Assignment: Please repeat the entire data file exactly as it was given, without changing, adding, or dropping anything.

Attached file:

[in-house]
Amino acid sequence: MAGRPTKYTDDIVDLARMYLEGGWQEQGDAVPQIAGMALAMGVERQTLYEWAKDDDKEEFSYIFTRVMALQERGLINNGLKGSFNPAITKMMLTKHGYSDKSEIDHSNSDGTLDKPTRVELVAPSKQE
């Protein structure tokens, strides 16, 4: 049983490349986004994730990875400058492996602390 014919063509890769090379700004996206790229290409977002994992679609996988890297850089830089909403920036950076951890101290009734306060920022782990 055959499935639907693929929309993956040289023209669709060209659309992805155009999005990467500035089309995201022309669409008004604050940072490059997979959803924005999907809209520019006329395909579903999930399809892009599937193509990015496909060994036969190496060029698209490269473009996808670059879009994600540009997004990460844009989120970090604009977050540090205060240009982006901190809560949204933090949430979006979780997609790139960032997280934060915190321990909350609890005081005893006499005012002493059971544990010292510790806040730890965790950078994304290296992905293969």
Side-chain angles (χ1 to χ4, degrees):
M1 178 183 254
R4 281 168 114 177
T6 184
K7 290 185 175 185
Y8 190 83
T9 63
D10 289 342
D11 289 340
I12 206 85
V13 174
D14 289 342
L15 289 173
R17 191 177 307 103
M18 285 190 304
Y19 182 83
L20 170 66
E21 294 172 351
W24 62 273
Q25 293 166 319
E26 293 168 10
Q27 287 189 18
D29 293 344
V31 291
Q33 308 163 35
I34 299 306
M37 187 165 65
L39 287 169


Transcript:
[in-house]
Amino acid sequence: MAGRPTKYTDDIVDLARMYLEGGWQEQGDAVPQIAGMALAMGVERQTLYEWAKDDDKEEFSYIFTRVMALQERGLINNGLKGSFNPAITKMMLTKHGYSDKSEIDHSNSDGTLDKPTRVELVAPSKQE
């Protein structure tokens, strides 16, 4: 049983490349986004994730990875400058492996602390 014919063509890769090379700004996206790229290409977002994992679609996988890297850089830089909403920036950076951890101290009734306060920022782990 055959499935639907693929929309993956040289023209669709060209659309992805155009999005990467500035089309995201022309669409008004604050940072490059997979959803924005999907809209520019006329395909579903999930399809892009599937193509990015496909060994036969190496060029698209490269473009996808670059879009994600540009997004990460844009989120970090604009977050540090205060240009982006901190809560949204933090949430979006979780997609790139960032997280934060915190321990909350609890005081005893006499005012002493059971544990010292510790806040730890965790950078994304290296992905293969």
Side-chain angles (χ1 to χ4, degrees):
M1 178 183 254
R4 281 168 114 177
T6 184
K7 290 185 175 185
Y8 190 83
T9 63
D10 289 342
D11 289 340
I12 206 85
V13 174
D14 289 342
L15 289 173
R17 191 177 307 103
M18 285 190 304
Y19 182 83
L20 170 66
E21 294 172 351
W24 62 273
Q25 293 166 319
E26 293 168 10
Q27 287 189 18
D29 293 344
V31 291
Q33 308 163 35
I34 299 306
M37 187 165 65
L39 287 169